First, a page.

Warner: No mental scars from failed tours


Australia opener David Warner has insisted that his team are not carrying any mental baggage from the humiliations suffered in Sri Lanka and South Africa.

The Aussies suffered a Test series whitewash in Sri Lanka before bouncing back to take the ODI and T20I series but an understrength team found themselves on the wrong end of a 5-0 whitewash in an ODI series in South Africa in October.

Warner suggested that the runs Australia’s middle order batsman have reaped in the Sheffield Shield shows they have not been scarred by their experiences.

Australia face South Africa in three Tests the first of which gets underway in Perth next week and Warner feels confident they will shake off the whitewash in white ball cricket.

Warner said: “We’ve just got to let that [ODI series] go and we have. This is red-ball cricket.

“They’ve beaten us on our home soil. Very tough Test matches. But we’ve beaten them on their home soil as well. Those memories are nice and fresh in my mind, it’s like it was yesterday.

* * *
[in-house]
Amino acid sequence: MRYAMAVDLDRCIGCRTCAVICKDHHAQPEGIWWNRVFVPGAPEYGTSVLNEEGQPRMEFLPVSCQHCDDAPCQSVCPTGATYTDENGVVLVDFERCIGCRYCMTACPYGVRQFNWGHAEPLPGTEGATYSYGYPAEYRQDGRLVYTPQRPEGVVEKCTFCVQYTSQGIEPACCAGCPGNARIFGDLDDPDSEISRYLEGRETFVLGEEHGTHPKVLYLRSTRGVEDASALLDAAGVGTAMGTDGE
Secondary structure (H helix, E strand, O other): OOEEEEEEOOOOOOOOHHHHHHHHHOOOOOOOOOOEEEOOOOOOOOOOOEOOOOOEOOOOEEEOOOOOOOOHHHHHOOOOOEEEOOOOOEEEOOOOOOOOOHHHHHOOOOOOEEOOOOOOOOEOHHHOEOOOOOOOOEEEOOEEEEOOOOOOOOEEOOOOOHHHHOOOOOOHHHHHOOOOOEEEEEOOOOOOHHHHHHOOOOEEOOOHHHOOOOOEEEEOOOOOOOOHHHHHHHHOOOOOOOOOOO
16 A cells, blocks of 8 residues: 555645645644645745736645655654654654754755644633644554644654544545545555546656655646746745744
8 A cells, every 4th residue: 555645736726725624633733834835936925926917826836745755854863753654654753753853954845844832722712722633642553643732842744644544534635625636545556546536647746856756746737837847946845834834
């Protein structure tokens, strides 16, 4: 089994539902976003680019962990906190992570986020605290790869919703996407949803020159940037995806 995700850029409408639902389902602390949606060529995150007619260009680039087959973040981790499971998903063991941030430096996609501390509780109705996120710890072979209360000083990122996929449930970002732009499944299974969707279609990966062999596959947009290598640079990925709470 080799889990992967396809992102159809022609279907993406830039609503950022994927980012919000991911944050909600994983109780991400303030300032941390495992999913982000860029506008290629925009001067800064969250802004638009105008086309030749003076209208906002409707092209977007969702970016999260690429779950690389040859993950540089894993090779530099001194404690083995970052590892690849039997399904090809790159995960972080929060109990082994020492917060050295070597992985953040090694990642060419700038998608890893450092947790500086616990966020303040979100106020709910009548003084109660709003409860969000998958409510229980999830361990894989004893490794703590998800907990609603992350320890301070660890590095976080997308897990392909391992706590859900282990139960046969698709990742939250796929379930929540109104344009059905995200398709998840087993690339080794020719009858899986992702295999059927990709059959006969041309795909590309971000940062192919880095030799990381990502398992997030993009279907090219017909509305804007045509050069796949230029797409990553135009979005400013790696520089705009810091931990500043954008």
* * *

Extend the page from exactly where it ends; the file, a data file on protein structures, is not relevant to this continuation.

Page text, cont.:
“We’ve got to go out there and from ball one, whether we bat or bowl, we have to do whatever we can very well and better than South Africa.”

The explosive left-hander scored a century for Queensland in the Shield and was grateful for the time out in the middle ahead of the Tests.

Warner added: “It reassures you as a cricket player that you weren’t missing the middle … you weren’t too far away from the middle of the bat,” Warner said.

“It’s always great to play here … our wickets are always true and consistent. We know our own back yard and we’re expected – and have expectations of ourselves – to play the best we can in our conditions.”

The Australia vice-captain hoped for a WACA pitch with pace and bounce but believed it was more likely to be on the slow side.

He went on: “We know what we are going to get in the Perth wicket. You have to get through that new ball and be hungry for big runs. You have to bat big at the WACA and we’ve seen it time and again … the run rate does flow there when you get on a run.

“We have to let go of what has happened in the past but if I’m looking back at that, the wicket there was very flat and as slow as I’ve played on at the WACA. I’m hoping there’s a bit more pace and bounce in it.”